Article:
Ukrainian defenders fought desperately to withstand a major Russian offensive in the Donetsk region, a senior Ukrainian official said Wednesday, with the enemy laying down heavy artillery fire to pave the way for ground forces to advance.
After Russian forces on Sunday took control of Lysychansk, the last bastion of Ukrainian resistance in Luhansk, Ukraine's military braced for an assault on Donetsk, with the cities of Slovyansk and Kramatorsk both in the Russian line of fire.
Donetsk and Luhansk comprise the Donbass, the industrialized eastern part of Ukraine that has seen the biggest battle in Europe for generations.
Russian shelling killed at least seven people in Ukraine over the past 24 hours and wounded 25 more, Ukrainian officials said Wednesday.
The country’s presidential office said Russian forces targeted cities and villages in southeast Ukraine, with most civilian casualties occurring in Donetsk province, where Russia stepped up its offensive in recent days.
Gov. Pavlo Kyrylenko said in a Telegram post that two people died in the city of Avdiivka, which is located in the center of the province, and the Donetsk cities of Sloviansk, Krasnohorivka and Kurakhove each reported one civilian killed.
There was heavy fighting at the edge of the Luhansk region, its governor, Serhiy Gaidai, told Ukrainian television, saying Russian regular army and reserve forces had been sent there in an apparent effort to cross the Donets River.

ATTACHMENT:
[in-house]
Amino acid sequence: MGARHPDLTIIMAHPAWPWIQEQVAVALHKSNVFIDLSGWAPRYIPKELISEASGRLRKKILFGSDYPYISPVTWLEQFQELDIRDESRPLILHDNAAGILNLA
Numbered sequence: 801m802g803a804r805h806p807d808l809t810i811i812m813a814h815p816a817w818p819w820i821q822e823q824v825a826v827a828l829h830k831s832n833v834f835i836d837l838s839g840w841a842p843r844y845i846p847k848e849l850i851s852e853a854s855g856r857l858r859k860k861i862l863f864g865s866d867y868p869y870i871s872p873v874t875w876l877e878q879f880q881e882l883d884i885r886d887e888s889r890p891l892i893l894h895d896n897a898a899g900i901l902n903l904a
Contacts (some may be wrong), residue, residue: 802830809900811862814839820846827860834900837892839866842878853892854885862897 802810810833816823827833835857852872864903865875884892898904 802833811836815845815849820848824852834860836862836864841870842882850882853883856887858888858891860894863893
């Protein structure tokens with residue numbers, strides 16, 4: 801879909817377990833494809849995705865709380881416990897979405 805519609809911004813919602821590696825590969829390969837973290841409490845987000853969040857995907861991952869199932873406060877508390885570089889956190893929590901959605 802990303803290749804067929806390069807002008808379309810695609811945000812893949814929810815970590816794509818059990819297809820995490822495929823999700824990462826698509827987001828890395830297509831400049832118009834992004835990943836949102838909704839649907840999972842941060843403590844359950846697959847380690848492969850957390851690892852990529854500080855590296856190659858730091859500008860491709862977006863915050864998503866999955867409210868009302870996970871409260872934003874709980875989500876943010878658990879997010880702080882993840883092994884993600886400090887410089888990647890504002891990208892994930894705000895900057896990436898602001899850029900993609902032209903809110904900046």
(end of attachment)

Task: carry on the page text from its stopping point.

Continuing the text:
"We are holding back the enemy on the border of Luhansk region and Donetsk region," Gaidai wrote on Telegram on Wednesday.
"The occupiers are suffering significant losses, as they themselves admit," said Gaidai, citing testimonies from Russian POWs and residents who had spoken to Russian soldiers in the fallen cities of Severoronetsk and Lysychansk.
Reuters could not independently verify his comments.
Gaidai earlier said Russian forces were engaged in widespread shelling as they launched their assault on Donetsk.
Russia says it wants to wrest control of the entire Donbass from Ukraine on behalf of Moscow-backed separatists in two self-proclaimed people's republics.
On Tuesday, Russian forces struck a market and a residential area in Slovyansk, killing at least two people and injuring seven, local officials said.
A Reuters reporter at the scene saw yellow smoke billowing from an auto supplies shop, and flames engulfing rows of market stalls as firefighters tried to extinguish the blaze.
Donetsk regional governor, Pavlo Kyrylenko, said Slovyansk and nearby Kramatorsk had suffered heavy shelling overnight. "There is no safe place without shelling in the Donetsk region."
Russian President Vladimir Putin launched the invasion of Ukraine on Feb. 24, calling it a "special military operation" to demilitarize the country, root out nationalists and protect Russian speakers.
Kyiv and the West say Russia is waging an unprovoked, imperial-style land grab in its fellow ex-Soviet republic, and accuse the invaders of war crimes, which Moscow has denied.